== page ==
Due to the pandemic, people are antsy to find ways to get out of the house. One interesting development this summer is the drive-in movie theater. In Los Angeles, numerous drive-in experiences have popped up all over – from the Pasadena Rose Bowl to a Thai restaurant.
Though drive-ins arrived in America in the 1910s, the first patented drive-in was opened on June 6, 1933, by Richard Hollingshead in New Jersey. The solution was for people who couldn’t fit comfortably into smaller movie theater seats. After creating a mini drive-in for his mother, Hollingshead advertised his drive-in as a place where “The whole family is welcome, regardless of how noisy the children are.”
Twenty years later, drive-ins continued to gain in popularity during the 1950s and ‘60s with the Baby Boomer generation. There were over 4,000 drive-ins throughout the U.S. and most were located in rural areas. And just like now, drive-ins were popular space for families to spend time together as well as an affordable date night option.
Today most charge anywhere from around $30 a car plus a ticket purchased for each person in the car to $50 a car including snacks and bites. The movie’s sound is streamed through the radio.
Date night? A night out with the kids? The drive-in movie feels like a night out!
Check out where to Cruise in (and buy tickets in advance) as well as movie line-ups HERE. Other locations you may want to consider are the Sony Pictures lot in Culver City, Valley-centric films at Westfield Fashion Square mall in Sherman Oaks, multiple venues with Street Food Cinema, Ventura County Fairgrounds, and micro-drive-ins at Sagebrush Cantina in Calabasas. A few spaced out options without a car include Melrose Rooftop Theater and rooftop movies at The Montalbán. Learn more HERE.
Recently, Chevrolet sponsored Drive-In at the Park at Calamigos Ranch in Malibu along with other locations like Castaic Lake Park, which is still offering drive-in movies through September.
Chevy hosted us at our first outdoor movie complete with BBQ delivered straight to our 2020 Bolt EV, an all-electric vehicle loaner we enjoyed buzzing through Malibu. With 259 miles of range we never once had to charge the car during a week of grocery store visits, shopping, and drives to hiking spots.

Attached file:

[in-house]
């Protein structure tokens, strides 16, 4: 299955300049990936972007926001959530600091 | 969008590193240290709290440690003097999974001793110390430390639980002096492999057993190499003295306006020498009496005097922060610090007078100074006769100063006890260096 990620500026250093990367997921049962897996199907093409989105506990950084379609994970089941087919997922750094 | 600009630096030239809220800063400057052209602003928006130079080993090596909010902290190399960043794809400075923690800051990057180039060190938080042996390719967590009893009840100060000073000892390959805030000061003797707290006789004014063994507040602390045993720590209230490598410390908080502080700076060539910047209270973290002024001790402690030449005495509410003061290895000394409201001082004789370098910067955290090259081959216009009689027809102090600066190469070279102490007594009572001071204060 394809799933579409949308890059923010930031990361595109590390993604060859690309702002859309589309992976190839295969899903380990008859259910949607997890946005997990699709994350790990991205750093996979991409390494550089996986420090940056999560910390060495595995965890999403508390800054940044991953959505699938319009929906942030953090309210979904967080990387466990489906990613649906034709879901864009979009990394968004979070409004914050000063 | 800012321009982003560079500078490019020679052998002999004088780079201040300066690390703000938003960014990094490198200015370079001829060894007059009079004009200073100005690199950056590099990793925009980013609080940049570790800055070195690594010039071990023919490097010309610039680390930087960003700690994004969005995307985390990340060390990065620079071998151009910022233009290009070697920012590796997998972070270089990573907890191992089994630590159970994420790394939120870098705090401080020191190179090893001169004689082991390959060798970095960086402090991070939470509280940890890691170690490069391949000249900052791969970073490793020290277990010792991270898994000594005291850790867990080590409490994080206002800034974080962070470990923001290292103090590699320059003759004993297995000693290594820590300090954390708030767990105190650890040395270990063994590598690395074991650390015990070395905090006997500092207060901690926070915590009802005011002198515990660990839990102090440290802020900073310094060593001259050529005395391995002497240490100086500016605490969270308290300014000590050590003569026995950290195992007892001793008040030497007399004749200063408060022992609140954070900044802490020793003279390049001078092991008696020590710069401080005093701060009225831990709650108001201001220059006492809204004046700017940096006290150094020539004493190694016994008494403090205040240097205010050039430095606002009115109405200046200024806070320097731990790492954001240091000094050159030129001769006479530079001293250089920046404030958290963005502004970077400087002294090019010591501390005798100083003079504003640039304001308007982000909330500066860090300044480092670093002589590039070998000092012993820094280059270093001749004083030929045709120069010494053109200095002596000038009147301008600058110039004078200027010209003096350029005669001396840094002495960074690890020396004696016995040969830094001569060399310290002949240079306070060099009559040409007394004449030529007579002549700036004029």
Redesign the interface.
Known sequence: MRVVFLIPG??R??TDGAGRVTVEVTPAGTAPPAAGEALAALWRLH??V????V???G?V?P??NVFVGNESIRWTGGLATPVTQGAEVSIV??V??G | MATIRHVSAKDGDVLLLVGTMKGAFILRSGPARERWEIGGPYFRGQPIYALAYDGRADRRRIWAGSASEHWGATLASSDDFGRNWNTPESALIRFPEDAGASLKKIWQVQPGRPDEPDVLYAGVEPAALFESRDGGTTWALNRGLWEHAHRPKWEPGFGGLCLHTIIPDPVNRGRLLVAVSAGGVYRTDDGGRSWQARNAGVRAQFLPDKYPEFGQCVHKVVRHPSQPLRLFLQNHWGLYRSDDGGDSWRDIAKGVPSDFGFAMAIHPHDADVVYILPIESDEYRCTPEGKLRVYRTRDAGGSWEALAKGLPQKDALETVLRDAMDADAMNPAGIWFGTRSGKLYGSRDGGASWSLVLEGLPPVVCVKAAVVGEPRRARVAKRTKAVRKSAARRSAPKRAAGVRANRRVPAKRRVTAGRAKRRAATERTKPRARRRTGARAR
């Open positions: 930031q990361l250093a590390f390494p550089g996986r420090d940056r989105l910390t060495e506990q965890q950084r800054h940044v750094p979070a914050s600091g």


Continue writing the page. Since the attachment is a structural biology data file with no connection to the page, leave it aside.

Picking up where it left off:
EVs are perfect for drive-in movies because all the electronics (including A/C) work perfectly for hours, with plenty of power on tap. While other cars around us would start their engines periodically to maintain cool A/C, we stayed comfortable the entire movie.
From our roomy trunk, we gorged ourselves on ribs, mac and cheese, and bbq chicken before the movie as the sun set at the ranch. Surprisingly, for such a small car the front window is huge and expansive along with the side windows so I didn’t feel claustrophobic at all. Even the back seats are roomy. The big dash touchscreen makes it easy to control music options too. We squished right in front and center at the drive-in and while reversing out, the Bolt EV rearview mirror can turn into a video with HD cameras. Introduced in 2016, Chevy has been at the forefront of bringing an all-electric vehicle to the masses.
What can you expect at the Drive-In during COVID times?
Safety protocols are implemented like masks must be worn when leaving the car, vehicles must be parked 6 feet from each other and you must view the movie from inside your vehicle. Social distance of 6 feet is expected if outside your car and restrooms run at 50% capacity and are often cleaned regularly thanks to bathroom attendants.
A nostalgic and cultural icon, the resurgence of the American drive-in may be something that is here to stay – post-pandemic.